Tuesday, October 30, 2012

Addictions



from here

I used to smoke. Only socially, which means that over a couple of years I managed to train my brain to believe that moonlight + being out + drinking Jack Daniels = cigarette needed. Despite the fact that I haven’t smoked in years, I know that this equation lives on in my head; it’s led to a strange glitch where if you smoke at a table next to me at a cafĂ©, I’LL MOVE OR LEAVE, and if you smoke in your apartment and the smell drifts into mine, I’LL NOISILY CLOSE ALL OF MY WINDOWS WHILE MUTTERING ABOUT THE RIGHT TO BREATHE CLEAN AIR IN MY OWN HOME, and if you smoke next to a playground, I’LL PASSIVE-AGGRESSIVELY LET YOU KNOW THIS IS NOT COOL, but if it’s night time and I’m out and I’ve had a drink or two, I WILL FOLLOW YOU, precious smoking person, IN THE HOPE THAT I WILL BE ABLE TO SUCK IN SOME OF YOUR FUMES.

I’ve been thinking about addictions lately, because I tend to feel smug about the fact that I don’t need caffeinated beverages to wake up and I spend none of my time playing mobile phone games. My “How flipping wonderful must I be?!” illusions came crashing down the other day, though, when a naturopath on the radio mentioned that it’s harder to give up sugar than cocaine. I’d already been thinking about sugar and salt thanks to Michael Pollan’s wise little food guide Food Rules: An Eater’s Manual, which made me firmly resolve to eat far less (to none) of both. Ha! The cocaine comment made it clear why I’d had no luck over the previous weeks with this resolution.

I knew that sugar would be a tough one (for a start, my brain has also been taught that the end of dinner = dessert). I’ve had a long love-love relationship with sugar, with many happy memories attached to our fun times together. My mother went through a hippy phase when we were in primary school, which meant she made kelp bread for our sandwiches and fed us something called Total Vegetable Protein, which made me gag. I therefore didn’t eat much when I wasn’t being watched (I used to either throw the sandwiches in the bin at school or leave them to go mouldy at the bottom of my bag; I still remember the smell of them in my particularly horrible nightmares) and instead sought out sugar as a speedy pacifier for my rumbly tummy.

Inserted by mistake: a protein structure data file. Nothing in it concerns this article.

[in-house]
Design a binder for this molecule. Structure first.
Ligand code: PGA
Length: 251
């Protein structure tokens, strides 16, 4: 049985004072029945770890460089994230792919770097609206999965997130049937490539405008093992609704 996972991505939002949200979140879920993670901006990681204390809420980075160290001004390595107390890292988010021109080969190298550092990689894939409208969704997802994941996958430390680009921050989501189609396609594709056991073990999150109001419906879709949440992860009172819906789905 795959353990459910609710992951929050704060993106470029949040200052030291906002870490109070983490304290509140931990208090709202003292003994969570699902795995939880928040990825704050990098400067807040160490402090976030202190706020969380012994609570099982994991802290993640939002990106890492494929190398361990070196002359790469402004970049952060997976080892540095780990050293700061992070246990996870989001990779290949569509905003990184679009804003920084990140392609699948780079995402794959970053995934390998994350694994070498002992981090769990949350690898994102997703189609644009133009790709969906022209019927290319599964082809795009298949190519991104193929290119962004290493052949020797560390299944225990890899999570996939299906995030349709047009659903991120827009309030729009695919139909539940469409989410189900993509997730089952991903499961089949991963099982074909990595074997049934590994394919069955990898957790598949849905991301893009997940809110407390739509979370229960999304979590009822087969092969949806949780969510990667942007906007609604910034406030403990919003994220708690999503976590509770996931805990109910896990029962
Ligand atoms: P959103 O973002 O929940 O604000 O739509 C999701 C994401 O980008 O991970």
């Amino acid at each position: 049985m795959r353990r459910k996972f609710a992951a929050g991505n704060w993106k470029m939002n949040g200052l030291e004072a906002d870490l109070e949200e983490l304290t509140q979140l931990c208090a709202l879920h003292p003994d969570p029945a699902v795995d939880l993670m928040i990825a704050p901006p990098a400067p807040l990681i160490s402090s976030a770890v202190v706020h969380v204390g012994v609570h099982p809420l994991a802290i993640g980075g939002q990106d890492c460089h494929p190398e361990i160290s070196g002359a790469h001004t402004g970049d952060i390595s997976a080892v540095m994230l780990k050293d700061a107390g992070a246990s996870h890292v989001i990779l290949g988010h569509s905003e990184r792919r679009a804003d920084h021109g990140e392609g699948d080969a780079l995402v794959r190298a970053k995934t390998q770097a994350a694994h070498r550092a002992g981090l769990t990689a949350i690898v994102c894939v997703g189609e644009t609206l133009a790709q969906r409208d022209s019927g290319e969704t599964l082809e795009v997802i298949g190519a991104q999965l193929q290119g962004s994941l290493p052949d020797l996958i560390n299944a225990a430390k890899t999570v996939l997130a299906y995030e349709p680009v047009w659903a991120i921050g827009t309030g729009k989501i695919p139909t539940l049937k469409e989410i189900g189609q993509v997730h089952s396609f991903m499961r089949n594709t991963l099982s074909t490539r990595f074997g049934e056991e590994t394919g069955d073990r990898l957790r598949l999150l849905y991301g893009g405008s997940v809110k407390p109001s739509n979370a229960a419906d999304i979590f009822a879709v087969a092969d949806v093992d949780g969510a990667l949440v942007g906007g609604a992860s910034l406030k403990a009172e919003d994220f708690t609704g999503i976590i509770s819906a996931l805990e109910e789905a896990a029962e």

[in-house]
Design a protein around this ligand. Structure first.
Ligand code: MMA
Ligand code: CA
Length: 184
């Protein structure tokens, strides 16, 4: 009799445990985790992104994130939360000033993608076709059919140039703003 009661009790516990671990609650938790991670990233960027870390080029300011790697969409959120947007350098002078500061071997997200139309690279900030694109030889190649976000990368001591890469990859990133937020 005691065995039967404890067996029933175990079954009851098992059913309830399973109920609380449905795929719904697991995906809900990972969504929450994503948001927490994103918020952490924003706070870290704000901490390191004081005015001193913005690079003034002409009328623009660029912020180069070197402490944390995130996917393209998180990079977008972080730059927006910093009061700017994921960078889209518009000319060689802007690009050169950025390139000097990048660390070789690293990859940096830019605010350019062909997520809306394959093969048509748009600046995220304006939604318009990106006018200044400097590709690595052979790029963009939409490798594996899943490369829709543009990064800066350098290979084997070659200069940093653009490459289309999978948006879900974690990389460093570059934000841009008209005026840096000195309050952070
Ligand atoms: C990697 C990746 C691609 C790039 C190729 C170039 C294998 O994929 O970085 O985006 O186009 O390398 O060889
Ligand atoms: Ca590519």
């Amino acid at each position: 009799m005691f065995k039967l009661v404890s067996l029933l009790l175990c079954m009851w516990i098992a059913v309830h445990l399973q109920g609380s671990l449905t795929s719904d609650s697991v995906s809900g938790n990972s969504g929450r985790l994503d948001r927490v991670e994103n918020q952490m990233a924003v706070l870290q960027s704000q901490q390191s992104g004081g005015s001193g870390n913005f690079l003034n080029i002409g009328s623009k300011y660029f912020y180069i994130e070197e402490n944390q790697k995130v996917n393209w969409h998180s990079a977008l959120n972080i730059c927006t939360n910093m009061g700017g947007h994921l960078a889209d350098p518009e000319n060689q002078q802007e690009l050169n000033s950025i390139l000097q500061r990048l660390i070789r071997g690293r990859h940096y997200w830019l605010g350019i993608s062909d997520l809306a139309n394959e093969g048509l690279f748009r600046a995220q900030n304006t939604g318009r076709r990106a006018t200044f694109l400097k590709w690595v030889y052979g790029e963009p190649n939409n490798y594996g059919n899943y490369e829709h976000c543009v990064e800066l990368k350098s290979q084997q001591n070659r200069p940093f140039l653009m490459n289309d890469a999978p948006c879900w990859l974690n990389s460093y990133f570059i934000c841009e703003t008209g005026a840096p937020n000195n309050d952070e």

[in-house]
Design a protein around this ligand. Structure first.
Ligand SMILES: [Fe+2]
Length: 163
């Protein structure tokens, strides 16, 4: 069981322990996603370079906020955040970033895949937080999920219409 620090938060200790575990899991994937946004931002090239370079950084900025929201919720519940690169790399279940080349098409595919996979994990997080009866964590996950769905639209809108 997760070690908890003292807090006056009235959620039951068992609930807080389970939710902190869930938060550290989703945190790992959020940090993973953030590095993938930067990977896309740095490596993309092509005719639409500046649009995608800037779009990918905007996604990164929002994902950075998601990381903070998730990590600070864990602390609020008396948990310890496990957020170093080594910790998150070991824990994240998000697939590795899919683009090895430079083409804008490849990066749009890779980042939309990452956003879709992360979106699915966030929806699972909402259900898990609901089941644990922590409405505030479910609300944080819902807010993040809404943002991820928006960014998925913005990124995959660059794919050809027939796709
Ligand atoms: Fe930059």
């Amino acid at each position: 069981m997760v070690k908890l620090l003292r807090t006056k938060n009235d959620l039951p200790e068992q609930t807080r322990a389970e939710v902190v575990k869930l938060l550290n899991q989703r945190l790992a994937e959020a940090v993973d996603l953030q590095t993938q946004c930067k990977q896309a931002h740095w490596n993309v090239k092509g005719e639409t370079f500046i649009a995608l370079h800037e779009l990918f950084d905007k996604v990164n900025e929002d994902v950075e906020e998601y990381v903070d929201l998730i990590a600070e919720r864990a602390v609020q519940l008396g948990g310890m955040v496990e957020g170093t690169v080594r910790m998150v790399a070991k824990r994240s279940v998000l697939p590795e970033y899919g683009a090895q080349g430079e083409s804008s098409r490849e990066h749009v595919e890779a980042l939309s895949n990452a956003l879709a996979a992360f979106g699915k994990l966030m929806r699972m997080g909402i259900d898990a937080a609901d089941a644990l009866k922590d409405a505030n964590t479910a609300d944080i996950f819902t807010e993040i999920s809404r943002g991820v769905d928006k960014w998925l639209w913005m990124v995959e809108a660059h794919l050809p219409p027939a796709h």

Because it was clear that my cravings for sugar would not be satisfied at home, I spent a lot of my non-home time sniffing out sweet snacks. After-school youth group = jelly babies. Friends’ houses = chocolate bars. Visiting my dad for holidays = cordial and sugar on toasted muesli. All of my pocket money went towards a variety of artificially-coloured and -flavoured treats. My siblings used to stop at the petrol station on our walk to school to get our daily dose of lollies. When my sister and I ran out of money, we’d borrow some from our brother; he kept a log of how much we owed him, and charged interest on our small loans. It also helped that a couple of boys at school offered me money to go out with them for a week or so (I married one in the playground for $5; it wasn’t my proudest moment, but a girl needs her gobstoppers).